Up the hill, I learned how to make daisy chains and to check who liked butter by waving buttercups under the chin. A memorable part of the long summer holidays was collecting twigs, branches and anything that would burn to prepare for bonfire night in November.
We never forgot Guy Fawkes and to “Remember, remember, the fifth of November, gunpowder, treason and plot!”
The hill also welcomed children roaming in hordes carrying buckets and jam jars to seek blackberries when in season. The incentive of Mum’s delicious bramble jam spurned us on. We even spread our hunt into the farmer’s fields at the bottom of the street where we weren’t supposed to go. We knew the resident bull to be a danger to life and limb – plus when the Tinkers (Gypsies/Travellers) came they camped in the fields and we were warned to respect their privacy.
Mum and Dad didn’t practice overt bigotry against Travellers like some people. Mum helped them whenever she could by paying them to do odd jobs and buying some goods they hawked, such as wooden ‘dolly’ clothes-pegs.
However, any place forbidden meant we incorporated them as a deliberate dare in games. There must be a guardian angel for stupid children!
Stranger danger not indoctrinated, and we were never overly fearful, although warned to be careful, not ‘ask for trouble’ and to obey the limitations placed on us. But I remember roaming even further afield and going to what we called ‘the secret lake’ along the Aileymill Road. This pleasant track linked the new housing scheme with isolated cottages on the way to Inverkip and Skelmorlie, tiny towns further down the coastline.
If she knew, Mum would never have sanctioned that sojourn, but we fished for tadpoles and hunted frogs and let loose our imagination and energy.
I revisited the secret lake in the 70s and like everything else seen through adult eyes; the lake had shrunk to a large puddle rather than a lake. The farmer’s fields smaller too, and the bull nowhere in sight!
I checked out my old house in the 70s and again in 2017 – Davaar Road has not changed much although the houses modernised inside; sadly Aileymill is no longer bush to roam but another housing estate.
Walk the Neighbourhood Absorb the Beauty of Your Place
I acknowledge the Boon Wurrung as the traditional owners of Mordialloc and recognise their continuing connection to land, waters and culture and pay my respects to their elders past, present and emerging.
Yesterday was Mabo Day, a significant day for First Nation Peoples, a day to honour the vision, commitment and legacy of Eddie Mabo, who paved the way for Aboriginal and Torres Strait Islander land rights and Native Title in Australia.
It is also the end of Reconciliation Week, which occurs from 27 May – 3 June every year.
The dates mark the May 27,1967 Referendum that amended the Constitution to allow the Commonwealth to make laws for Aboriginal people and include them in the census and ends with June 3 when in 1992, the historic Mabo judgement by the High Court of Australia recognised that Aboriginal and Torres Strait Islander peoples have rights to the land.
The Mabo decision acknowledged the First Nations longstanding and unique connection to the land for the last 65,000 to 80,000 years and declared Australia was not terra nullius – a claim used to justify the colonial invasion and acquisition of the land by Britain. In 1993, the Native Title Act passed in Federal Parliament and this has returned some sovereignty in some areas to First Nation peoples.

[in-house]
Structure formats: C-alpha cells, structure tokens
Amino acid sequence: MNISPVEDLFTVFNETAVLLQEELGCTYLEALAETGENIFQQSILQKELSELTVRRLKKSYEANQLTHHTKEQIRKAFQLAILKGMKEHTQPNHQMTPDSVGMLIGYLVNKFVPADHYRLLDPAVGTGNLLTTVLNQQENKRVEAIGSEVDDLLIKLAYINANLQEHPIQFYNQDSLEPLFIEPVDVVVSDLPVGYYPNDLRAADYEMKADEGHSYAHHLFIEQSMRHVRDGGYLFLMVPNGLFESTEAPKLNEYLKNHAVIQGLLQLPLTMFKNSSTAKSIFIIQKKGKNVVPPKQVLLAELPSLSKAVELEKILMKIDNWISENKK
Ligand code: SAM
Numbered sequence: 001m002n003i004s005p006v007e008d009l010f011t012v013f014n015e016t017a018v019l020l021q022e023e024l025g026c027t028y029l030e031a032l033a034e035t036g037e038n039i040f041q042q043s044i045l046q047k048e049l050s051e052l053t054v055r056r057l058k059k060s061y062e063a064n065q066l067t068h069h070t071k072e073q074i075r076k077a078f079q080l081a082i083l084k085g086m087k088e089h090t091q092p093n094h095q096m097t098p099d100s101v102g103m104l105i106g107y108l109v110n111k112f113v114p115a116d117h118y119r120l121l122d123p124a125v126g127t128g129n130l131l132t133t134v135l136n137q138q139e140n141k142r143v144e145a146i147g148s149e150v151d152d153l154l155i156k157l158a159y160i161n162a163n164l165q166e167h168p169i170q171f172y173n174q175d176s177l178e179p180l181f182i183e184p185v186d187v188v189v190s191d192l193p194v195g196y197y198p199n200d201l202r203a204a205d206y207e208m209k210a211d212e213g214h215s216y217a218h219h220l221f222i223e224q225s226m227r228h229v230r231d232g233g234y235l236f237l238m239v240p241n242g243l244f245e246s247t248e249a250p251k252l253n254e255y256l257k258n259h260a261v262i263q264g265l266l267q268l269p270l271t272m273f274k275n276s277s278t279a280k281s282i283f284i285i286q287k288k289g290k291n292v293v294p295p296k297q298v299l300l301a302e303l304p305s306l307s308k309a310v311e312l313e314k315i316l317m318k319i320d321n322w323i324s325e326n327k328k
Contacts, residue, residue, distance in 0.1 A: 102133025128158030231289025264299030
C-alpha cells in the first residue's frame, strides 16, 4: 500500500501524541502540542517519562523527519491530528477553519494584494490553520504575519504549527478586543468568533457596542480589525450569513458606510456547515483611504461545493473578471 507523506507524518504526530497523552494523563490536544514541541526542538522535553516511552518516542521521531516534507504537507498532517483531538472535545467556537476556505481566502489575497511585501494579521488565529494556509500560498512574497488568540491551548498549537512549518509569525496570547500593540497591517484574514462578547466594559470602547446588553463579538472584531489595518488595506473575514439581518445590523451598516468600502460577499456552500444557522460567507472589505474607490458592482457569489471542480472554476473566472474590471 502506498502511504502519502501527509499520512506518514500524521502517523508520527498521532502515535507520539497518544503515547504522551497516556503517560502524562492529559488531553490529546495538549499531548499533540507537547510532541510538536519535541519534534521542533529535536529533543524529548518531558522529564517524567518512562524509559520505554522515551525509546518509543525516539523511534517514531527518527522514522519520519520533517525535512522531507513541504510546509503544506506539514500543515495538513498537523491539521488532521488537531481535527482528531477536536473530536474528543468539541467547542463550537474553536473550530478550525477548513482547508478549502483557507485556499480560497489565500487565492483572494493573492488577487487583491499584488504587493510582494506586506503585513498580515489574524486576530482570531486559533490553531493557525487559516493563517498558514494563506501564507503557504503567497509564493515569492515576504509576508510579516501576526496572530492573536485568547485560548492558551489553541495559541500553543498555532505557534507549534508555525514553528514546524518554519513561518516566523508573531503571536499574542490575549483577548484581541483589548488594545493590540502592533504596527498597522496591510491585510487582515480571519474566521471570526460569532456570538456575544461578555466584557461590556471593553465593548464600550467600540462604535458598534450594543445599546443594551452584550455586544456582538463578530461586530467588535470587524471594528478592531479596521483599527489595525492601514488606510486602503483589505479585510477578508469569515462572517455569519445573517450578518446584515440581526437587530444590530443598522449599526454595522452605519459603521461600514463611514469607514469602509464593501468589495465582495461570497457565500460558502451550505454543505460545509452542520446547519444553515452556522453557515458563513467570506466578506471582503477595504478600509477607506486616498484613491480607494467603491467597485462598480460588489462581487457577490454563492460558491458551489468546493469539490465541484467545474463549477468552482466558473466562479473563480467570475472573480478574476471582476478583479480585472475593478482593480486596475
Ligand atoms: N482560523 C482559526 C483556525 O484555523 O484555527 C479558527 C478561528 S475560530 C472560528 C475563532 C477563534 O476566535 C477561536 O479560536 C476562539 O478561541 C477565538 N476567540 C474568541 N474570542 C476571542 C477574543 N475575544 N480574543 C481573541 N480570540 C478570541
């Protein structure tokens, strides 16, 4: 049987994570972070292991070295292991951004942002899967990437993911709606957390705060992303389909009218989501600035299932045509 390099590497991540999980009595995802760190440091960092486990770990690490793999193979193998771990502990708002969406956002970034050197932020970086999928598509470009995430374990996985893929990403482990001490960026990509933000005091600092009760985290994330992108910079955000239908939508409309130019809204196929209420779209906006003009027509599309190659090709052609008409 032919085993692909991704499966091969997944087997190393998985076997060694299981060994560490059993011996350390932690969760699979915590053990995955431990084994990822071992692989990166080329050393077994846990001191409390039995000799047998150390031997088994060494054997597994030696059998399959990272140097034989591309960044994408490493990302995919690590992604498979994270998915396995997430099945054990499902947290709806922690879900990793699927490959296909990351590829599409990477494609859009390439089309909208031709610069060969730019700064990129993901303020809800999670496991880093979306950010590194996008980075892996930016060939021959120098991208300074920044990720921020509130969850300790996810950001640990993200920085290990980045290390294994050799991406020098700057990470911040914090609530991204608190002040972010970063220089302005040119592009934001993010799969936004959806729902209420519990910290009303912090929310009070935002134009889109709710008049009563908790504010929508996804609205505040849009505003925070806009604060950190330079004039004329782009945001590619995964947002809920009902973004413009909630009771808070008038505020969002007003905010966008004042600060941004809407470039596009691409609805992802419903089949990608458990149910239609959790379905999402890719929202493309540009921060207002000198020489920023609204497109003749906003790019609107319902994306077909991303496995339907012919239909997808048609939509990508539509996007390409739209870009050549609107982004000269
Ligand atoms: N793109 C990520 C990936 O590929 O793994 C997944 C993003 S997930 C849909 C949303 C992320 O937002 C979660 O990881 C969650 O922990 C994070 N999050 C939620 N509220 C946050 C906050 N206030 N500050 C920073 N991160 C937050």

I wrote several posts in the last few days on other subjects, but each time stopped before posting because creative writing hints or other topics paled into insignificance with what is happening in the USA and other parts of the world after the recent murder of George Floyd.
Coupled with news of COVID-19, we have a perfect storm of misery.
George Floyd’s tragic murder captured on mobile video and replayed millions of times throughout the world has led to scenes reminiscent of the 1960s.
Scenes of civil unrest in the USA I remember watching as a teenager as they played nightly on the television news.
Sadly, many of the issues around systemic racism have still not been resolved and most politically aware people know this because what happened to George Floyd has happened to other African Americans, year in, year out!
Why do we remain silent? Why in Australia have we mostly ignored the 2015 death of David Dungay, an Aboriginal man who also struggled and said I Can’t Breathewhen pinned to a bed by several prison officers in Long Bay Gaol? (The video of that incident also circulating on social media and just as distressing as George Floyd’s murder.)
Social media has fuelled the current protests, but my newsfeed often filled with videos of appalling racist incidents, particularly since the election of Donald Trump.
I only hope the rage is maintained and results in a definite change.
Too many people are still reluctant to acknowledge systemic and institutionalized racism and white privilege exists or that people of colour are targeted by the police here in Australia and the USA.
Australia had a Royal Commission into Aboriginal Deaths in Custody (1987-1991) but there has been a lack of action on the recommendations and avoidable deaths are still occurring.
English has a list of words describing you
I checked the dictionary and thesaurus too
but really words will fail to record
your harmful legacy of bitter discord
How sad the office of American President
is sullied by you, the 45th resident
a narcissistic, dastardly, vainglorious fool
boastful, vacuous as you let ego rule
Pusillanimous, brutish, pompous, offensive
spouting ignorance when on the defensive
craven, fatuous, corrupt, and oafish
your addled tweets so often malicious.
A destructive numbskull you need to resign
the current civil unrest another warning sign
just go to Florida and there please stay
allow decent adult voices to have their say
Your election a nasty global surprise
a long three years have exposed your lies
let’s hope the tide will really turn blue